9 Fresh Rain Tips
Rain Riding is For Suckers
Originally published 2017-03-23
Today was horrendous. This year's historically significant snowfall has made rain riding less frequent, but we've likely seen the last of the white. Vancouver rain is frequently relentless but it's often more of a drizzle or a Scotch mist than a deluge. Today it was coming down sideways in big drops. Normally the dense canopy shields us from the worst of it but today it felt like we were hiding under a dandelion while a Great Dane marked his territory.
And yet it wasn't terrible. In fact it was perfect. We picked our trails carefully* to appease the trail gods and goddesses and laughed like five-year-olds stomping mud puddles in gumboots. Some local knowledge, experience and preparation kept us smiling. It wasn't the sort of day where staying dry was possible but the right gear kept us from getting wetter than an otter's pocket, to quote Rob Warner.
Here's a few tips to help you out the door.
1. Get thee a front fender.
Yes we sell these (with proceeds to the Stevie Smith Fund) but you can make your own by cutting up a bleach bottle and then using some zip ties. The fender, if it's large enough and installed correctly, will keep some of the trail snot from sloshing off your front wheel and up your nostrils. If you aren't wearing eyewear (more on that below) it'll keep gravel out of your eyeballs and if you are it will keep them a little cleaner. These are light enough to leave on full time when it's not rainy for all but the most committed weenie.
2. Wear eyewear.
I wear eye covering whenever I'm on the bike these days, but when it's wet this becomes essential. I put my specs in my pocket for our second descent today when they got too dirty and fogged up and I'm still weeping gritty tears hours later. For some reason I find this oddly satisfying. I also got dropped even worse than usual because I was viewing the trail through a mud puddle (too wet for the fender to be enough). Today would have been a better goggle day likely but if I had brought a cloth and kept it dry I would have been able to keep my glasses on.
3. Gore-Tex or some facsimile up top.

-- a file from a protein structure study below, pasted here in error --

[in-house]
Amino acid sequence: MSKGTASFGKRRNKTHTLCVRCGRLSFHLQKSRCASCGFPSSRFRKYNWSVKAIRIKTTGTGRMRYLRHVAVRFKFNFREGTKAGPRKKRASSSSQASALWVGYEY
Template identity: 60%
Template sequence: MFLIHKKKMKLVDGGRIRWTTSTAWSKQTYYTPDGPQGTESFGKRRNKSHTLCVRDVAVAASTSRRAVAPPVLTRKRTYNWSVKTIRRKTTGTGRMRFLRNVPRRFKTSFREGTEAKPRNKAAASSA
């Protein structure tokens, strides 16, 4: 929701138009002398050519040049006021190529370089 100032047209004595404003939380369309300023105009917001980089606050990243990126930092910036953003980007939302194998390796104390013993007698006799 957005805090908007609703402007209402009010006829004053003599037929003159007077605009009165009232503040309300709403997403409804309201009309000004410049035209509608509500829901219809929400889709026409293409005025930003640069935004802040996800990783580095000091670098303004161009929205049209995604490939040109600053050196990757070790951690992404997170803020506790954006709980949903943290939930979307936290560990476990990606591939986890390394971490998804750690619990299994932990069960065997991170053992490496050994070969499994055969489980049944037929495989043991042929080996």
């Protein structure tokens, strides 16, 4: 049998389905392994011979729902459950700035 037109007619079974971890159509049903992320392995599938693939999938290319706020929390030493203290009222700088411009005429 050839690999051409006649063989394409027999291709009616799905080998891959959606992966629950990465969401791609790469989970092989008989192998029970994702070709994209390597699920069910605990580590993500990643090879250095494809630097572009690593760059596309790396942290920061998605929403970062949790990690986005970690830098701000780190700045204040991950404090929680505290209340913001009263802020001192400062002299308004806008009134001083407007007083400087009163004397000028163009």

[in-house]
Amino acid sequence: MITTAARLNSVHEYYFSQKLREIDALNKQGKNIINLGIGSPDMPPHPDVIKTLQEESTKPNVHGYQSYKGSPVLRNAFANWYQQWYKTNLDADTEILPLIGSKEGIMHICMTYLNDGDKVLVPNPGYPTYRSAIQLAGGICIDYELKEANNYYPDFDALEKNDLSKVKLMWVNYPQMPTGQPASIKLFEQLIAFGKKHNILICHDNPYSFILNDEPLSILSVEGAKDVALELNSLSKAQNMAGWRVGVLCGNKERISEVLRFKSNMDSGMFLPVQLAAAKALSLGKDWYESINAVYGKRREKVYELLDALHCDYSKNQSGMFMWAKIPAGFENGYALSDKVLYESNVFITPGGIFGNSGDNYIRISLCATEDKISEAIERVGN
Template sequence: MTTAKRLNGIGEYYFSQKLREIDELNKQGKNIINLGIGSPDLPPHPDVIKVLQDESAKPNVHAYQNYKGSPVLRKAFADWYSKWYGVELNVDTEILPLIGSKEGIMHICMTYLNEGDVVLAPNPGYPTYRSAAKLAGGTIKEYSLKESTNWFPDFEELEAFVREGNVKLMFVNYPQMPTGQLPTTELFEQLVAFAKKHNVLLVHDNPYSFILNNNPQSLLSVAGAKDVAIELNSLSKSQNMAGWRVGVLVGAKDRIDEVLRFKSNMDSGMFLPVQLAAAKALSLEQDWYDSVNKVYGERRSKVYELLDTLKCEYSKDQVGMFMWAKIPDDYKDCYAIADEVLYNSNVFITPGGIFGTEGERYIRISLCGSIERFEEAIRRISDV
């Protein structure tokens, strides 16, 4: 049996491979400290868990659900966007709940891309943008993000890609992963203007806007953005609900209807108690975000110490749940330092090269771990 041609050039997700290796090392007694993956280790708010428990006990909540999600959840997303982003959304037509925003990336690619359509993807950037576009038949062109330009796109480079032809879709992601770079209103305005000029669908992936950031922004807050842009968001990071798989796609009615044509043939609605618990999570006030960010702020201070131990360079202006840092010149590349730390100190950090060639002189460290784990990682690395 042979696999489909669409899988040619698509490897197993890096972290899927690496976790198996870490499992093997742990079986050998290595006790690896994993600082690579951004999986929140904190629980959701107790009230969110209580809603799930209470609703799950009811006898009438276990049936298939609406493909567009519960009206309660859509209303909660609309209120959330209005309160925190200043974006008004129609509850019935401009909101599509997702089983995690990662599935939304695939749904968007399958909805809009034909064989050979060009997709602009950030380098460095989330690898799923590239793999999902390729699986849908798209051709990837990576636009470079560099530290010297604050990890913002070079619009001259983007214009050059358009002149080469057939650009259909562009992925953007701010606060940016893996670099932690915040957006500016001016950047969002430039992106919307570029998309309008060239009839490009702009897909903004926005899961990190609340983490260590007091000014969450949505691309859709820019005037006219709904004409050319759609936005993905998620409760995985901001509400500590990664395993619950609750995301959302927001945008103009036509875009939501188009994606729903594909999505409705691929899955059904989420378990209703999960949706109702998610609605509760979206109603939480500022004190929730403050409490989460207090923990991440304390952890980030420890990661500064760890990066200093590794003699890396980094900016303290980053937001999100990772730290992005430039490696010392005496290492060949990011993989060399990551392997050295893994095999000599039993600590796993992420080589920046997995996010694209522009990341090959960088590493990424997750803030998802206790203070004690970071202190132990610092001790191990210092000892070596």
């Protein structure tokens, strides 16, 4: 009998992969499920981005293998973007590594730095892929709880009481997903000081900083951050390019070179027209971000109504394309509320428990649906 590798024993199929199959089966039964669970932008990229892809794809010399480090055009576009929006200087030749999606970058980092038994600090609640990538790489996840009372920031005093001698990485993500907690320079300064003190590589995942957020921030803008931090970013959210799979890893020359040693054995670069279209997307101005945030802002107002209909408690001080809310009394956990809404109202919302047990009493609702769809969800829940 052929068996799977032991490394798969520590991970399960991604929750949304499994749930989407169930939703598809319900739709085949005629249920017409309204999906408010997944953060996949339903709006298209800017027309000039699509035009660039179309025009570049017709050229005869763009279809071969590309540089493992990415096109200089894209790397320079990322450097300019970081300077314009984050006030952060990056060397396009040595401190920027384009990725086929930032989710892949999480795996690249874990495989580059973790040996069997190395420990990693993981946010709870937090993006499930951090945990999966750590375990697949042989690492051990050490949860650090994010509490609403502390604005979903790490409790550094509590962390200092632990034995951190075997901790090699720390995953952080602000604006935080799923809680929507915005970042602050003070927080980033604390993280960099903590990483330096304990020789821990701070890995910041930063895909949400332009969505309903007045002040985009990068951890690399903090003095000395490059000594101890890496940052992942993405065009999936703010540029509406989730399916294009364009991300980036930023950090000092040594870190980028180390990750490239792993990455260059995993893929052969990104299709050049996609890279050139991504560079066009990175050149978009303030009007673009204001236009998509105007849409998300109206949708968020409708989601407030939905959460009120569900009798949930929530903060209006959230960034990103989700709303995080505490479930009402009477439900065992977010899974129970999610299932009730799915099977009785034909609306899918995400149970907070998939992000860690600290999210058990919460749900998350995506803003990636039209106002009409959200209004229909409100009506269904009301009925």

Unless it's just above freezing or you are naked underneath, that orange road crew jacket won't cut it. If it's on the warm side go easy on layers beneath your jacket so you can keep it on even for the climbs. Vents are obviously helpful for harder efforts. Wash and dry your jacket regularly and if it begins to lose water repellency you can treat it to revive the coating. My current favourite rain cloak is the 7Mesh Revelation - but there are less expensive options that many riders swear by.
4. Waterproof shorts.
Really this should have been number one. I would rather ride without socks on a shitty day than forego my Goretex shorts. The difference in comfort is remarkable. I have waxed about this several times before but I will reiterate that these will change your life if you ride in the rain often. I'm putting 7Mesh forward again and while I haven't found another product that compares, other riders have found thrifty options they like.
One of my riding buddies puts a dry underlayer in his pack. A post-ride change of clothes (and a towel to protect the neighbours from your junk) keeps your vehicle clean, Figure out a spot to dry your gear at home that won't anger your spouse and find some newspaper (which I can never find these days) to stuff in your shoes to suck the weather out. Have a large open bag to stuff your gear in - or a plastic bin for the back of your truck - so mud won't haunt you for weeks.
6. Wear wool.
A light merino underlayer may cost a little more in the beginning but they are long-wearing, stink-resistant and they deal with moisture better than other fibres. One of my buddies swears by merino under shorts as well, complete with chamois, but I haven't tried those.
7, Care for your feet.
I wore my 5:10 Impact high tops today and they weighed about 7 lbs apiece by the time I got back from the ride. Not the best option. Without gaiters, fully waterproof footwear is just a dream. Some folks like plastic bags on their feet, others like fancy waterproof socks.* I generally make do with wool socks and shoes that keep the worst of the muck out.
*I have since seen the light thanks to Showers Pass waterproof socks. These work really well - as you can see below.
8. Prep your bike for the next ride.
Water wreaks havoc, especially when mixed with gritty soil, so take some time to clean and dry it (while avoiding power washing your bearings) but at a minimum dry and then oil your chain so it won't be red with rust when you grab it next.
9. Stay loose.
Going easy on the brakes and being generally light on the ground will help you stay upright in the slickery. Leaning on a tire on that shiny off-camber root is sure to send you slamming, but if you can unweight you'll likely just float over top.
Getting after it in nasty weather always leaves me feeling ready to slay some dragons. Given the choice of course I'll take bluebird - but riding in the putrid sloppiness makes those days even sweeter.
*If the trails in your area aren't built for nasty weather then please leave the bike at home. I'm sure I'm preaching to the choir here but it has to be said.
Please share your tips below.